The Vallejo city attorney’s office has long resisted public scrutiny of the police department’s frequent shootings. With a new law poised to force the release of shooting records, a lawyer and a detective made a decision no court can reverse.
Just days into her transfer to the evidence unit two years ago, Vallejo police assistant Tina Encarnacion made her way to a tall metal cabinet known as the “homicide bookshelf,” and pulled case 12-11085.
Encarnacion found herself holding the case file for the notorious killing of Mario Romero, a young father whose death at the hands of Vallejo police in 2012 sparked citywide protests. Encarnacion documented her next steps in a public servant’s efficient prose.
“Per City Attorney this case has been approved for disposal,” she wrote in the file’s evidence log at 2:31 p.m. “Final disposition: Destroyed.”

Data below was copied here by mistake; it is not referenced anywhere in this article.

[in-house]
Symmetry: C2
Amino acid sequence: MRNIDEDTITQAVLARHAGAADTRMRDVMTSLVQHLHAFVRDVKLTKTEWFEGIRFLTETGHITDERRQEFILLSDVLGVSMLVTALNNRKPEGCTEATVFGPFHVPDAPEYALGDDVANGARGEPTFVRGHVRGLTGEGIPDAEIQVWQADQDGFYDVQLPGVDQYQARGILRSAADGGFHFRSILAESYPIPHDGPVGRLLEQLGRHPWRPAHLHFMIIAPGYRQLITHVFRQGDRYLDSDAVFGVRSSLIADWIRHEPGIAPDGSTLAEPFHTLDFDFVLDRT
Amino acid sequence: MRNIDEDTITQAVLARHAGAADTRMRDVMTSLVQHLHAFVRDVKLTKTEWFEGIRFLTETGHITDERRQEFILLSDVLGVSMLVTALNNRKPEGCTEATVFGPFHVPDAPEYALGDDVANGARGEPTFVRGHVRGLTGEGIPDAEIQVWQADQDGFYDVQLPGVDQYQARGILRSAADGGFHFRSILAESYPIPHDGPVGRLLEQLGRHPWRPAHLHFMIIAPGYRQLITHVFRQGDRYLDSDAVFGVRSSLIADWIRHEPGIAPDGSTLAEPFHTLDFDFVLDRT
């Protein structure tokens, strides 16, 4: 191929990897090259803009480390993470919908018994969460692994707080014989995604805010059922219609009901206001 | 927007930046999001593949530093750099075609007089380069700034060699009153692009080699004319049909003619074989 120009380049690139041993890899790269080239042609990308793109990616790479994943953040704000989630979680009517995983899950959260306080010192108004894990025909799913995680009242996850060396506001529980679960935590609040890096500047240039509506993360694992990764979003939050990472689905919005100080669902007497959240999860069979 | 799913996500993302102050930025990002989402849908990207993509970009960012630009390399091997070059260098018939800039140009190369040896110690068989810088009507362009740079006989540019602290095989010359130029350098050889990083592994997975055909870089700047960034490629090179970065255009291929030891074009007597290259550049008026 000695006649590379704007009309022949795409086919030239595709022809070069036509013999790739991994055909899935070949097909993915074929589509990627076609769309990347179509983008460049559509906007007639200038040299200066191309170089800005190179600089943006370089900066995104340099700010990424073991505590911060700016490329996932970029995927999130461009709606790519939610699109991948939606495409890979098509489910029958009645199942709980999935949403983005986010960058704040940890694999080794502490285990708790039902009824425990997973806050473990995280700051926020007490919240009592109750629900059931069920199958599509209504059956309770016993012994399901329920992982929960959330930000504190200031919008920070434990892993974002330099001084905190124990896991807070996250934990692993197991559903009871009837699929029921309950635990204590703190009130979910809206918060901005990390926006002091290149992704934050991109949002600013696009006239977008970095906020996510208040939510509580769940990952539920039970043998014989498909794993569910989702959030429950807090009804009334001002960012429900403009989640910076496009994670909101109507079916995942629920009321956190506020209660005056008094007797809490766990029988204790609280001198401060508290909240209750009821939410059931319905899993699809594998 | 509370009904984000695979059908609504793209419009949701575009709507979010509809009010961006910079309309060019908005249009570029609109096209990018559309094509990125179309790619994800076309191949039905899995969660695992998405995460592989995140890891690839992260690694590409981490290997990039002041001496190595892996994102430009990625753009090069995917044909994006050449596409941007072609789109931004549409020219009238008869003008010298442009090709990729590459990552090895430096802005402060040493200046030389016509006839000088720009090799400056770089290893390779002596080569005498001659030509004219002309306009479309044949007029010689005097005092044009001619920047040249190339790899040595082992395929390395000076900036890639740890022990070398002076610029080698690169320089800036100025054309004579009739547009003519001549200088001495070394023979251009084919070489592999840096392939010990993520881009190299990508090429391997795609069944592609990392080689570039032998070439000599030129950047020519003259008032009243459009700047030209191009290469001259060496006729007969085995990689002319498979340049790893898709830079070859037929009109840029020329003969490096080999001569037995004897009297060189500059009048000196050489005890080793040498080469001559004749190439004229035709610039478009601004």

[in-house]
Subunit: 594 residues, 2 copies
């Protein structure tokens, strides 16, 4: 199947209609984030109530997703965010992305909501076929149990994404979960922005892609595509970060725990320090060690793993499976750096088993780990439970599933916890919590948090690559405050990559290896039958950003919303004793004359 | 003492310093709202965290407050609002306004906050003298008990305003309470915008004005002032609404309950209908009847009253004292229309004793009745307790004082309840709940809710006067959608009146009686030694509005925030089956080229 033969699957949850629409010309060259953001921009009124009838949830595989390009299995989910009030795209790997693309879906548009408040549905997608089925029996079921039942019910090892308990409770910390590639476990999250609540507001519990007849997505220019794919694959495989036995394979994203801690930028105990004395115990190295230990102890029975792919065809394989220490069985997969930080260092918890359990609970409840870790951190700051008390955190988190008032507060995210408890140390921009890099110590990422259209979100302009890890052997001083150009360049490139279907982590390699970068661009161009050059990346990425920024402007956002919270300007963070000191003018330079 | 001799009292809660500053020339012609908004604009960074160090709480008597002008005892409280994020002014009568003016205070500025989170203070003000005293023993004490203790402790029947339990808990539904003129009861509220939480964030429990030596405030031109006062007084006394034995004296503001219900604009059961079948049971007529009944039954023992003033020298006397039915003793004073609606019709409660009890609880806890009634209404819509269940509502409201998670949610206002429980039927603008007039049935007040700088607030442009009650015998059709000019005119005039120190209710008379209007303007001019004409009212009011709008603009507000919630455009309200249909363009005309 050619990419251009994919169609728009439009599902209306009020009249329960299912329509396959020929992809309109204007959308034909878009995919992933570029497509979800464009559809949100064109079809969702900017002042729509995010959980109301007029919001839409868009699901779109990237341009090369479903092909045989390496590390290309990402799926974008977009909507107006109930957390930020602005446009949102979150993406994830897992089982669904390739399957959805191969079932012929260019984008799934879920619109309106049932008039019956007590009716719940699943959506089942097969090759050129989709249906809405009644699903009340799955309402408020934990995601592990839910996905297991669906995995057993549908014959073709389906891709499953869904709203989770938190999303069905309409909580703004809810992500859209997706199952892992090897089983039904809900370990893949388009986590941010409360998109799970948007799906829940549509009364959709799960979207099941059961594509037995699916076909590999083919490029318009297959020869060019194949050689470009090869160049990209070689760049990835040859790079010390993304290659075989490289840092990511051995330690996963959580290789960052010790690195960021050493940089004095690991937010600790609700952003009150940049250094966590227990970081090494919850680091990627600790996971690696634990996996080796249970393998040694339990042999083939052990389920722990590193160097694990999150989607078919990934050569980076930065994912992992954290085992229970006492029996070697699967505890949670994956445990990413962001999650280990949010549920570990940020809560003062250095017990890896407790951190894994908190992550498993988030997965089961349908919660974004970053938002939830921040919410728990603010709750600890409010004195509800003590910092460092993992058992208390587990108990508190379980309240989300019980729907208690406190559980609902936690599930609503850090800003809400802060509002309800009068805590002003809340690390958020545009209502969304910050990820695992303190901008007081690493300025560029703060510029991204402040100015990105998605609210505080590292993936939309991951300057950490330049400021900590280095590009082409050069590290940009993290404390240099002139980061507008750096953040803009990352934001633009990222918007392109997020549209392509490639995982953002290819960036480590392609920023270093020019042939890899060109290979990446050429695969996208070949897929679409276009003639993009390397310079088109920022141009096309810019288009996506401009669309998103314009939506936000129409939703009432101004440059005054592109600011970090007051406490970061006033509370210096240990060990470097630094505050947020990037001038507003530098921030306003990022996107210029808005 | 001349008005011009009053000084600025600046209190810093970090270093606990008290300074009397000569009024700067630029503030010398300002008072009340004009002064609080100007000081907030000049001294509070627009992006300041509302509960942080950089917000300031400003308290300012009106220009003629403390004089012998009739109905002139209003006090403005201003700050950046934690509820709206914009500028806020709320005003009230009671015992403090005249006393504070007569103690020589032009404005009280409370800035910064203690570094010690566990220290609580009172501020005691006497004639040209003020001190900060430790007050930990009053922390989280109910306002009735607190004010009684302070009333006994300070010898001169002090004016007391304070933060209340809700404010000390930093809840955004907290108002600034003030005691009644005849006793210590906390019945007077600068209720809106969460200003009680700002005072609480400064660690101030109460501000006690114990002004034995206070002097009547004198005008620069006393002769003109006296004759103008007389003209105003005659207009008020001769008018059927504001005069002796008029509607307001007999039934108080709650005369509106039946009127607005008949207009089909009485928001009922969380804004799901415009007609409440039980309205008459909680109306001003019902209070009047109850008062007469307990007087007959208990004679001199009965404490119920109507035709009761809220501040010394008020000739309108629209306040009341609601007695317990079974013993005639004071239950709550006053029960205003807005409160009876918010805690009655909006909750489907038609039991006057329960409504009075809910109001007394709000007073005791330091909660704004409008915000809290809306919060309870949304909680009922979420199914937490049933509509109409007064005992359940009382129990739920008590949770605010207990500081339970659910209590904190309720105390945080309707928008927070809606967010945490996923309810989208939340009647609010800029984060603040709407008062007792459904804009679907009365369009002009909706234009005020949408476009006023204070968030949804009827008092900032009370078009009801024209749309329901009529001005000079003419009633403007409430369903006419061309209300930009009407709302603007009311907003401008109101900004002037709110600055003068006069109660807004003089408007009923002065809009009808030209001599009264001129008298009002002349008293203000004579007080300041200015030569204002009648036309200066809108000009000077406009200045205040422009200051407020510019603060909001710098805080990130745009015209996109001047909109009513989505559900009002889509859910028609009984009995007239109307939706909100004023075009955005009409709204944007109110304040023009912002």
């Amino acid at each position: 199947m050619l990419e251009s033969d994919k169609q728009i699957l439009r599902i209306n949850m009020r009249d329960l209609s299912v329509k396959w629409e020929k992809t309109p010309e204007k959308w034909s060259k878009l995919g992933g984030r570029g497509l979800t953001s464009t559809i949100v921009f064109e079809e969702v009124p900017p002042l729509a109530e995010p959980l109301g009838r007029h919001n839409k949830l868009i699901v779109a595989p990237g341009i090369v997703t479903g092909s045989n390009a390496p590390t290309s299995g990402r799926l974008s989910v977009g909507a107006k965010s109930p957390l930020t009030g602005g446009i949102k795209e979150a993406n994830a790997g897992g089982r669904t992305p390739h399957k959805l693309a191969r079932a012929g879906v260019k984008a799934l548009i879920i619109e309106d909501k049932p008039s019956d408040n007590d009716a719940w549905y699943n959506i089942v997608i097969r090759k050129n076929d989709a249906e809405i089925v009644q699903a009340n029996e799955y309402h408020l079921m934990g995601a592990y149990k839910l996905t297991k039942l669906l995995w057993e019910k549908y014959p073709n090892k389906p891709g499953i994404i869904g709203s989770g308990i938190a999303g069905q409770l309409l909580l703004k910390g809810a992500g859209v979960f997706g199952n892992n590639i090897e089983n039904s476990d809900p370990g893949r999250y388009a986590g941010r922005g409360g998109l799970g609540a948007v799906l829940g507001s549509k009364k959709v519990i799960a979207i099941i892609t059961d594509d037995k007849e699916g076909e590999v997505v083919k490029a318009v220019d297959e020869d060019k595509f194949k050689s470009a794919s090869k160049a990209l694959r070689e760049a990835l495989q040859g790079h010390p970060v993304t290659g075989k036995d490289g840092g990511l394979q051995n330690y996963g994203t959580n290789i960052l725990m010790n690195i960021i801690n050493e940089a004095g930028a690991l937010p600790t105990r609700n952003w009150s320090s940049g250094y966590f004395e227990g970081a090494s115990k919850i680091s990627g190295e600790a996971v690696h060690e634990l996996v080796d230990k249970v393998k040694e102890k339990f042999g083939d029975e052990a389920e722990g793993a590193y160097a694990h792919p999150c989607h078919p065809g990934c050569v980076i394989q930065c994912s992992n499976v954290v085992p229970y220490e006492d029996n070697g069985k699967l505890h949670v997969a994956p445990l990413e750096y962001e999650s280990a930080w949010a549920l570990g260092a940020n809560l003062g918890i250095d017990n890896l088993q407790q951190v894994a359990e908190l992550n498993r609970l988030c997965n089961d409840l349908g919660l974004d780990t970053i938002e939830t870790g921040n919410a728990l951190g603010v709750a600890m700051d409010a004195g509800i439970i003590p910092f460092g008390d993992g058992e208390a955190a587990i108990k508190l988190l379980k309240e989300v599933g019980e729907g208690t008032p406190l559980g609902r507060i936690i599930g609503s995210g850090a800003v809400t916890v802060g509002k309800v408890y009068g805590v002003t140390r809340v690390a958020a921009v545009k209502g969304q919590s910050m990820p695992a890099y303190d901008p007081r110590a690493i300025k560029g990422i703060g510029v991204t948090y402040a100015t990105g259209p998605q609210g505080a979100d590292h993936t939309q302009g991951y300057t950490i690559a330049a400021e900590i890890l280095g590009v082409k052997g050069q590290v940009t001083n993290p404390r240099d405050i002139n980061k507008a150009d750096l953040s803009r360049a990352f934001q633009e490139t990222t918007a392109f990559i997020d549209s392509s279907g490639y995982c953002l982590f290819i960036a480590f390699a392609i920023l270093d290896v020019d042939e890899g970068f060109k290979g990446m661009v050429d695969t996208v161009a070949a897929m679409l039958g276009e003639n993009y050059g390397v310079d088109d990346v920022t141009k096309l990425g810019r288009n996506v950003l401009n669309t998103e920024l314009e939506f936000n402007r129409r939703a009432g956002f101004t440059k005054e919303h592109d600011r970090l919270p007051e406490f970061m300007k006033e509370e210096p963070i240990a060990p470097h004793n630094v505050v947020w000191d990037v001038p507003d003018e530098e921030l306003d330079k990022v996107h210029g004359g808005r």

Over the next several days, Encarnacion would empty box after box of evidence of police shootings into a large city dumpster.
In January 2021, officials for the city of Vallejo intentionally — and with approval from a senior attorney for the city — destroyed key evidence in multiple police killings and one non-fatal shooting, documents obtained in a public records lawsuit filed by Open Vallejo show. The city destroyed the records although many were set to be disclosed under California transparency laws — a potential crime, according to a motion filed by this newsroom last month.